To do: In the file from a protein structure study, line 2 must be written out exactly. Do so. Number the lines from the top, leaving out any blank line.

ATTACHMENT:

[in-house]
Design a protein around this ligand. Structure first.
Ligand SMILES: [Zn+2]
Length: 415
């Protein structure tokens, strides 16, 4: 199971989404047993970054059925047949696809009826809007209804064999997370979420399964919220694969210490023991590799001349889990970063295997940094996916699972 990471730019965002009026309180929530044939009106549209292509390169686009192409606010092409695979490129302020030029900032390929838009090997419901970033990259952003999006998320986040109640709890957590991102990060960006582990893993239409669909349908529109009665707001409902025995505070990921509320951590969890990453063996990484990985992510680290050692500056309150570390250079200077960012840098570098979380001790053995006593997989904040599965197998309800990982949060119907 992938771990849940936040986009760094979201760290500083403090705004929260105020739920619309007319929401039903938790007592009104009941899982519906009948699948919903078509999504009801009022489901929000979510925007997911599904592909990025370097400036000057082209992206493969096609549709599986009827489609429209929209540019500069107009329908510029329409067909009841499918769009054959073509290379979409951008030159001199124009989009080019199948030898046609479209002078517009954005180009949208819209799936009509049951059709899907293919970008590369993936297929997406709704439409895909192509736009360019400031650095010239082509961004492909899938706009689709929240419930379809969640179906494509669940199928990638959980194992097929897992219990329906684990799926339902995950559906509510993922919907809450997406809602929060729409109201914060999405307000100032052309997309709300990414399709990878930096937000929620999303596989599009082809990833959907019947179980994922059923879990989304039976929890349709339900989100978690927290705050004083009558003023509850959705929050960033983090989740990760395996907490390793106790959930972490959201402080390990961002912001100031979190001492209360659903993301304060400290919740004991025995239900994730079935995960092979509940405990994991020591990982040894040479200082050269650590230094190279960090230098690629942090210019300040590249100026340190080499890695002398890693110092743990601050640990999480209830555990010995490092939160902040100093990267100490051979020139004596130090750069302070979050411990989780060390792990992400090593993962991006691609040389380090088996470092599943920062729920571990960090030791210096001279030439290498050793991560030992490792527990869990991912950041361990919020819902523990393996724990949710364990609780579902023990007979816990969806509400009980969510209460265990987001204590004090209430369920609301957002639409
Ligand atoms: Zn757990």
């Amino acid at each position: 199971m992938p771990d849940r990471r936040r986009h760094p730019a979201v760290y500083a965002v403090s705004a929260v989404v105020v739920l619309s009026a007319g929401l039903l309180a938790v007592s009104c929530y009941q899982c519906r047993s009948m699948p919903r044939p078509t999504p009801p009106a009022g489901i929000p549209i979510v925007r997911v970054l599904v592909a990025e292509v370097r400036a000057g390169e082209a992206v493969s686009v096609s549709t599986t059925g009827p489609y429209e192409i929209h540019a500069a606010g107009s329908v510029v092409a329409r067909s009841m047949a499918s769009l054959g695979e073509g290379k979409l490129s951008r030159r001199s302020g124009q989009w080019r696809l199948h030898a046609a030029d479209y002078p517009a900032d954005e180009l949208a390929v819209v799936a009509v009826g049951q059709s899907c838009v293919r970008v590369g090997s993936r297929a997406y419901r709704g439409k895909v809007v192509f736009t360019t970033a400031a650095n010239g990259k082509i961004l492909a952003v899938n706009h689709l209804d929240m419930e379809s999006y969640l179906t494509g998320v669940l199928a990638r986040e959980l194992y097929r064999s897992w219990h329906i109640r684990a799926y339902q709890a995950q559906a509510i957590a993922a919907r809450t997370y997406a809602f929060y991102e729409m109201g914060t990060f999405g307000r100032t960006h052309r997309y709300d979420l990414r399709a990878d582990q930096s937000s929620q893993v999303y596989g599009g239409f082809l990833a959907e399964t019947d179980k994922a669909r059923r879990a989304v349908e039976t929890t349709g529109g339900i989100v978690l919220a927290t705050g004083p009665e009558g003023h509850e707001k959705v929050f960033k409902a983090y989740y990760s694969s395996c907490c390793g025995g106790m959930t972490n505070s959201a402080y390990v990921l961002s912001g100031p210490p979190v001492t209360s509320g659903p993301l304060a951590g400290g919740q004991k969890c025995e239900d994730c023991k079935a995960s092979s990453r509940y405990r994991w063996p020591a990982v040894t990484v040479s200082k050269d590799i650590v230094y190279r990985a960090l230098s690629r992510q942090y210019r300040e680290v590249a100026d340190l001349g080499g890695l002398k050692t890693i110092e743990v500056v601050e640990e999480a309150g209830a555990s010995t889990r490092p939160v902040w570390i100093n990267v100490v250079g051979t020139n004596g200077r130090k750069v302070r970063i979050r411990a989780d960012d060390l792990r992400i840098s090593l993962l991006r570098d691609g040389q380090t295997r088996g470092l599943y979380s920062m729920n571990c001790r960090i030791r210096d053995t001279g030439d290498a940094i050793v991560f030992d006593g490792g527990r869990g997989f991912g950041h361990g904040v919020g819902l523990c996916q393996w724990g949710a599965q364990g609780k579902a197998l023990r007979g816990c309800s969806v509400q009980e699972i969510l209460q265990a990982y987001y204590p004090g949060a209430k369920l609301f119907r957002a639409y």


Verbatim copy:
Design a protein around this ligand. Structure first.